About 1951, my grandparents decided to sell the place and move to Florida.  They offered it to each of their children for
$1000, but my father was the only one who could come up with that much cash.  The only stipulation was that when he
no longer wanted it, he would offer it to his brother and sisters for the same price.

My time had come.  This was before TV, but we didn’t even have a radio for entertainment at Port.  The water was still
cold, but we had gas to heat it with.  That meant that you went the whole summer without a bath or hot shower…who
cared.  We went swimming ever day and if you were the first to get out, you got the warm water from the pipe that
ran along the sea wall.  

My father had a motor boat and I remember when he went to buy the engine for it.  The guy in the store asked how big
he wanted it.  Dad asked what was the biggest he had and the guy said 16 horse power.  “Well I guess I don’t need the
biggest, so give me the 10 HP.”  He also bought a 50 pound mushroom anchor from Shields Brothers over in town and
made a big thing about having to give $5 for an anchor that was not even galvanized.  That anchor is still not galvanized,
but it is painted gray and out in my yard.

He also bought me a rowboat that the state was selling.  $15 was a big investment in those days and we had to replace
the rotted bottom.  I remember it being a 12 foot boat and dad figured out how to replace that bottom with a 4’x8’
sheet of plywood.  Boy was he smart.  

That boat had all manner of propulsion on it, mostly from the wind and my arms.  I remember stepping a mast to
support a wide set of Venetian Blinds.  When I wanted to stop, I just opened them and the wind went right through.  

Another time it was a half of a pup tent, yet another we got a mast and sail from a 20 foot boat that was broken up in a
storm.  We set it up with the boat up at the high tide mark and worked like demons while the tide went out and came
back in again.  As soon as the tide was high, we launched her into deeper water and she lay down and sank.  Too much
rig. No matter, we still went all over with that boat.

We even sailed to Connecticut one year.  Of course someone with a motor boat had to come and get us after they
figured out where we went.   If we ever knew what a lifejacket was, we never saw or had one.  

One day we decided to row across the bay, but the reason excapes me now.  There were 5 of us and not a drop of
drinking water to be had.  After all day in an open boat, rowing, our tempers were beginning to show.  The boat had 4
rowing positions and a steering oar in the stern.  As captain and owner I naturally fell to the steering position.  The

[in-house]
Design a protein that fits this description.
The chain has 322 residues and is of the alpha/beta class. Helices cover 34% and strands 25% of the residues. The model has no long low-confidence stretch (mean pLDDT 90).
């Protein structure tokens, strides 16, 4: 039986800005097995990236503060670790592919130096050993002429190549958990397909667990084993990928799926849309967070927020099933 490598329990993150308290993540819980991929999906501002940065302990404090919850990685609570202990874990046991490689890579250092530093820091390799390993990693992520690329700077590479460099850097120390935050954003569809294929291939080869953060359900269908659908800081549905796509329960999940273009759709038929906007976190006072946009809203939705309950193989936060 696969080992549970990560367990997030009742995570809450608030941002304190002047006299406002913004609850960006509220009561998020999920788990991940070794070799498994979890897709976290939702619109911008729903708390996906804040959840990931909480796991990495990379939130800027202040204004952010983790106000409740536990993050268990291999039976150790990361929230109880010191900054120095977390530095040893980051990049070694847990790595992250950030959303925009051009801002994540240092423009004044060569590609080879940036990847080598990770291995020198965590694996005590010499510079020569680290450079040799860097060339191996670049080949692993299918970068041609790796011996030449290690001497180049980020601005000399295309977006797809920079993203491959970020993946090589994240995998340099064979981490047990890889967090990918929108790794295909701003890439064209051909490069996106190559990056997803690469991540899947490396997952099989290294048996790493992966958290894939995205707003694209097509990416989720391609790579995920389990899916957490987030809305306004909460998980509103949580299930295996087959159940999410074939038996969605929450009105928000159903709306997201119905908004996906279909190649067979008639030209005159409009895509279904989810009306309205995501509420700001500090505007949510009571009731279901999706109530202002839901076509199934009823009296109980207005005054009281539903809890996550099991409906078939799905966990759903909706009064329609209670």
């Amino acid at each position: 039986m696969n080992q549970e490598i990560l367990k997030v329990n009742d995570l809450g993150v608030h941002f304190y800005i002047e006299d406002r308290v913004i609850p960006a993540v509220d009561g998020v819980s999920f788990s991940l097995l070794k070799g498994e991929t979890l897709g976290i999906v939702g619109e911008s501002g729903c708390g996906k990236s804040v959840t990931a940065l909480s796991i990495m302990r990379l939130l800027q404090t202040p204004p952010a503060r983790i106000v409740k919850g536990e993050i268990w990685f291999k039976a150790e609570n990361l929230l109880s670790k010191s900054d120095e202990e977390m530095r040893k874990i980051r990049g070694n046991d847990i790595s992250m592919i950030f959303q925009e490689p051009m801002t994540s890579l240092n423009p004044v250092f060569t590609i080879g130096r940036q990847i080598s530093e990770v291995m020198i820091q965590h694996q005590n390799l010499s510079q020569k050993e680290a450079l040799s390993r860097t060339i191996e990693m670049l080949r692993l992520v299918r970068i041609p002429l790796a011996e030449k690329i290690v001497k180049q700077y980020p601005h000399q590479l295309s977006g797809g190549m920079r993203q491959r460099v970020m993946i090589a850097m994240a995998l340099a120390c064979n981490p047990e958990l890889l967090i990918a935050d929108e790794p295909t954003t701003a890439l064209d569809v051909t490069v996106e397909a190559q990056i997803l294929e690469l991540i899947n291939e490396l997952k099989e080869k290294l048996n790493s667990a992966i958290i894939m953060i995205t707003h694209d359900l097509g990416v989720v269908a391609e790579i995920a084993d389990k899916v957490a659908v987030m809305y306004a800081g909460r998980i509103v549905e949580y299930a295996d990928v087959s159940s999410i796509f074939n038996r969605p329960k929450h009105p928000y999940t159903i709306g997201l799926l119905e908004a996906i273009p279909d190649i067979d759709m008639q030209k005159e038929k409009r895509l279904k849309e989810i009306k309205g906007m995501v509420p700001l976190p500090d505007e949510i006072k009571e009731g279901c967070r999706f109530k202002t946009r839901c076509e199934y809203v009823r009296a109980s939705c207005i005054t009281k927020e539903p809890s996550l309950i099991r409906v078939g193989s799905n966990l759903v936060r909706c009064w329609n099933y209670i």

rowing began to slack off and I decided to show my captaining skills.  One of the guys said that all I had to do was sit
there and move the oar back and forth, I said that that was all the others had to do.  A mutiny ensured and I found
myself in the water.  A short time later the next “captain” was put over the side and eventually there were three of us
swimming for shore.  Fortunately it was only about half way across and by this time we had all proven ourselves by
swimming across the bay at least once each year.

One of the most exciting things I used to do with that boat was to row out into a good  Nor’easter and pop open a beach
umbrella and sail back.  If it was high tide, I could time the waves just right and sail over the rock jetty at the low spot.  
It was a good thing that I could not hear the shouts from the grown-ups on the land.

I was not the only kid out there.  Many of the original campers came from Maspeth and two of my closest friends came
from there.  Jimmy and Warren and I were inseparable as soon as we could get together for the summer.  There were
others, sometimes as many as six, but we were the core group.  Others were Chris ,Gary, Bobby, George.  Chris and
George were older than we were, but not old enough to hang around with the older group of kids.  For girls we had
Rosemary and Clairann (sisters), 2 Margarets, Pat, Sherry, Maureen and after a while Father John would bring out 6
girls from the school.  We were not yet encumbered by the desires for the opposite sex and we continued in our Huck
Finn/Tom Sawyer world.  Something I have always thought funny was that we gained very little local knowledge from
any of the older kids and passed very little on to the younger ones.  It was like we were exploring a new world and
then had no one to tell about it.

We were always on the lookout for punks (cattails).  Even the mention of where some might be, would cause us to go
into a quest mode and search for days until we either found them or proved the rumor unsupported.  If we found them,
we would dry them and then “smoke” them.  Actually we just held the stem in our teeth and let them smolder away.  
The smoke kept the bugs and most other people away.  

In those days there were two sandpits.  The one right across from the Colony was just the Sandpit while another closer
to Bar Beach was the Second Sandpit.  The Sandpit had been worked out years ago and was now just vacant land.  Port
Washington Police had a pistol range there and we had baseball games there after the Labor Day Races.  Usually the
married men played against the unmarried men.

At nine years old, I was the only one in the group who had a BB gun and was thus the big cheese.  In 1955 (11 years old),